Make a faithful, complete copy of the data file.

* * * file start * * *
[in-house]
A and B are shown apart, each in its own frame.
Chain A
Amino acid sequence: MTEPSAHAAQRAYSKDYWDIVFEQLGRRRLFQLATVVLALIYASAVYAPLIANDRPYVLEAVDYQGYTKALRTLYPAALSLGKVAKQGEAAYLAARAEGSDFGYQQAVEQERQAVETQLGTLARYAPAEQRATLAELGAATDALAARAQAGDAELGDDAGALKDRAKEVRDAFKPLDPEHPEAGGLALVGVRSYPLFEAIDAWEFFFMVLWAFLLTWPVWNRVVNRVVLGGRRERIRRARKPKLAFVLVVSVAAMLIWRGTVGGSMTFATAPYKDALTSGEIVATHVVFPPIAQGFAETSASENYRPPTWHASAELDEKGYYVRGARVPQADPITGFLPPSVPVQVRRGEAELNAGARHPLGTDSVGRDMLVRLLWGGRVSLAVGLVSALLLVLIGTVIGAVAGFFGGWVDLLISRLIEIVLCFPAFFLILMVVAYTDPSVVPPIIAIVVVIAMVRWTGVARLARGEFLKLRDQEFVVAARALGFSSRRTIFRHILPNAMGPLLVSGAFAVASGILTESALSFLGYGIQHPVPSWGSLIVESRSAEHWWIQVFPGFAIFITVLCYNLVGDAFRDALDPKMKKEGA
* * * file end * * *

[in-house]
A and B are shown apart, each in its own frame.
Chain A
Amino acid sequence: MTEPSAHAAQRAYSKDYWDIVFEQLGRRRLFQLATVVLALIYASAVYAPLIANDRPYVLEAVDYQGYTKALRTLYPAALSLGKVAKQGEAAYLAARAEGSDFGYQQAVEQERQAVETQLGTLARYAPAEQRATLAELGAATDALAARAQAGDAELGDDAGALKDRAKEVRDAFKPLDPEHPEAGGLALVGVRSYPLFEAIDAWEFFFMVLWAFLLTWPVWNRVVNRVVLGGRRERIRRARKPKLAFVLVVSVAAMLIWRGTVGGSMTFATAPYKDALTSGEIVATHVVFPPIAQGFAETSASENYRPPTWHASAELDEKGYYVRGARVPQADPITGFLPPSVPVQVRRGEAELNAGARHPLGTDSVGRDMLVRLLWGGRVSLAVGLVSALLLVLIGTVIGAVAGFFGGWVDLLISRLIEIVLCFPAFFLILMVVAYTDPSVVPPIIAIVVVIAMVRWTGVARLARGEFLKLRDQEFVVAARALGFSSRRTIFRHILPNAMGPLLVSGAFAVASGILTESALSFLGYGIQHPVPSWGSLIVESRSAEHWWIQVFPGFAIFITVLCYNLVGDAFRDALDPKMKKEGA